Cryptosporidium and Giardia sp. are widespread protozoan parasites that are capable of causing severe enteric disease particularly in immunocompromised hosts. While these organisms have been well studied in many terrestrial vertebrates and freshwater systems, their epidemiology in the marine environment is less well known. Recent studies have shown that both protozoans are present in coastal waters near sewage outflows as well as in a variety of marine mammals and shellfish.1 As part of a health assessment program on endangered North Atlantic right whales (Eubalaena glacialis), we conducted a five-year study to assess the prevalence of Giardia and Cryptosporidium and determine the genotypes of isolates to assess the potential impacts of these organisms on health and fitness. From 2002-2006, 125 fecal samples were examined for the presence of Giardia and Cryptosporidium cysts/oocysts using an immunofluorescent assay procedure.2 The overall prevalence of Giardia was 68% annually (range = 38-77%), which is the highest reported to date for a marine mammal. Cryptosporidium oocysts were detected in 14% of samples (range = 7-38%), and all positive samples were also Giardia positive. Molecular characterization and phylogenetic analysis of the right whale Giardia based on the glutamate dehydrogenase gene suggested that it is a novel isolate within the G. intestinalis species-complex, while molecular studies of the Cryptosporidium isolate were not successful. For comparison, 29 fecal samples were collected from the rapidly recovering population of South Atlantic right whales (Eubalaena australis) off the coast of South Africa in 2004-2005 and examined for Giardia and Cryptosporidium using the same methods. Cysts of Giardia were detected in 24%, while all samples were negative for Cryptosporidium. Phylogenetic analysis showed that Giardia isolates from both right whale species clustered together. While the effects of these organisms on marine mammals are generally unknown, infection of North Atlantic right whales with Cryptosporidium was correlated with a decline in body condition using a visual assessment method.3 Extensive use of near shore habitats by these highly endangered whales may increase exposure to pathogens originating from land, and low genetic diversity in this small population may increase disease susceptibility and heighten the risk of morbidity and mortality from infection with protozoan parasites.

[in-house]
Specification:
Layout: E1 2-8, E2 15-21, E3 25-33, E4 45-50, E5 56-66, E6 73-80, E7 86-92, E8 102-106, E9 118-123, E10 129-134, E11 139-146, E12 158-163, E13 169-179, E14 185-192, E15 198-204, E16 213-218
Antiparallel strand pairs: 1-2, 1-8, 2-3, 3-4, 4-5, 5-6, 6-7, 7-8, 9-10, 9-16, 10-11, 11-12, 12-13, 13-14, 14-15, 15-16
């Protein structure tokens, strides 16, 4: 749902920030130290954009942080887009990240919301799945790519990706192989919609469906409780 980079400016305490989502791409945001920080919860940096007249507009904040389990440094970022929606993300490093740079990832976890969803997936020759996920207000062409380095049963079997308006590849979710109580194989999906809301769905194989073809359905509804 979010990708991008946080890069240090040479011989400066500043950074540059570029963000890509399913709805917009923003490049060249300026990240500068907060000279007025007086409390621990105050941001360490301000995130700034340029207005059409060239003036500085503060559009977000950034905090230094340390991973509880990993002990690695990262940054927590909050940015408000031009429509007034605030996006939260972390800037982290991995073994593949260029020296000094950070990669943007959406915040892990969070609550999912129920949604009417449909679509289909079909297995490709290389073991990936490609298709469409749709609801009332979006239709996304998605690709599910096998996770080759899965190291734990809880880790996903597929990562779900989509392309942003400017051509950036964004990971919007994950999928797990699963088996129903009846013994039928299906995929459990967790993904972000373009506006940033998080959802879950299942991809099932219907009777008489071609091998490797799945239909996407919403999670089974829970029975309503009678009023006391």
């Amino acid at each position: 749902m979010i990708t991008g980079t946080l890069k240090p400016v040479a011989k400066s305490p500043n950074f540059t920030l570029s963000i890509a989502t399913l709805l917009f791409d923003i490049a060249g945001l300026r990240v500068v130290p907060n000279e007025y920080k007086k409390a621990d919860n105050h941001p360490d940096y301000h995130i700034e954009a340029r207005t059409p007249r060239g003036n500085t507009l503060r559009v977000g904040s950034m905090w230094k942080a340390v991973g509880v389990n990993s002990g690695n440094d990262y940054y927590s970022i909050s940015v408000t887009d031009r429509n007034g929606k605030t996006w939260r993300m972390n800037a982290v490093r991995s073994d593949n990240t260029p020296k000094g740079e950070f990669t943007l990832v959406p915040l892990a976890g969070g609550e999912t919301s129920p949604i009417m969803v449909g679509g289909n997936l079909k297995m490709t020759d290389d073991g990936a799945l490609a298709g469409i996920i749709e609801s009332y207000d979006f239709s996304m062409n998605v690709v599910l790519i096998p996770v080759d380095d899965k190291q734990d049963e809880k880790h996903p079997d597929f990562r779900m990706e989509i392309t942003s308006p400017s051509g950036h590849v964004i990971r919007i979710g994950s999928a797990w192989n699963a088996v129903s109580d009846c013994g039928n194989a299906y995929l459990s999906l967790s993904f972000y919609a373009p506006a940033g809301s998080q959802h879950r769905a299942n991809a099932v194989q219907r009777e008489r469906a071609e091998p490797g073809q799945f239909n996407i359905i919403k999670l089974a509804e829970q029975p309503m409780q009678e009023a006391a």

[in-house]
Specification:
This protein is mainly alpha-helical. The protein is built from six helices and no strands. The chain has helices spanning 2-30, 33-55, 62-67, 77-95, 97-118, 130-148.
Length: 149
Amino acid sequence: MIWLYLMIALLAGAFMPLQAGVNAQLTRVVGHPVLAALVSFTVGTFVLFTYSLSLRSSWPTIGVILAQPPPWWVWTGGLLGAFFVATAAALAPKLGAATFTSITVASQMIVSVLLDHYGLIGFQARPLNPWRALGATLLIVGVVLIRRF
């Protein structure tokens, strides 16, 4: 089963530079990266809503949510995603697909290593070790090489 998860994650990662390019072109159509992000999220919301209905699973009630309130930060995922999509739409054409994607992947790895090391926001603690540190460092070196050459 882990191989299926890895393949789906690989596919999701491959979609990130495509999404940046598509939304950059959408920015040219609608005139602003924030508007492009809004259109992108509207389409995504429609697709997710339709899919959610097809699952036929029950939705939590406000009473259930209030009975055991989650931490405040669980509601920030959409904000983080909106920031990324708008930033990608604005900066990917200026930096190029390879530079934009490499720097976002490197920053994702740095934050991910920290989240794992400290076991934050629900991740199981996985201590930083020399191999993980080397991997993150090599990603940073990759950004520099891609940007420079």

Our thanks to the North Atlantic Right Whale Consortium for access to the North Atlantic Right Whale Catalogue and database, and to Meredith Thornton for collection of samples in South Africa. This work was supported by contracts (to RMR) from NOAA Fisheries and a grant from the National Research Foundation of South Africa (to PBB).
1. Fayer R., J.P. Dubey, and D.S. Lindsay. 2004. Zoonotic protozoa: from land to sea. 20: 531-536.
2. Hughes-Hanks J.M., L.G. Rickard, C. Panuska, J.R. Saucier, T.M. O'Hara, L. Dehn, and R.M. Rolland. 2005. Prevalence of Cryptosporidium spp. and Giardia spp. in five marine mammal species. J Parasitol 91: 1225-1228.
3. Pettis H.M., R.M. Rosalind, P.K. Hamilton, S. Brault, A.R. Knowlton, and S.D. Kraus. 2004. Visual health assessment of North Atlantic right whales (Eubalaena glacialis) using photographs. Can J Zool 82(1): 8-19.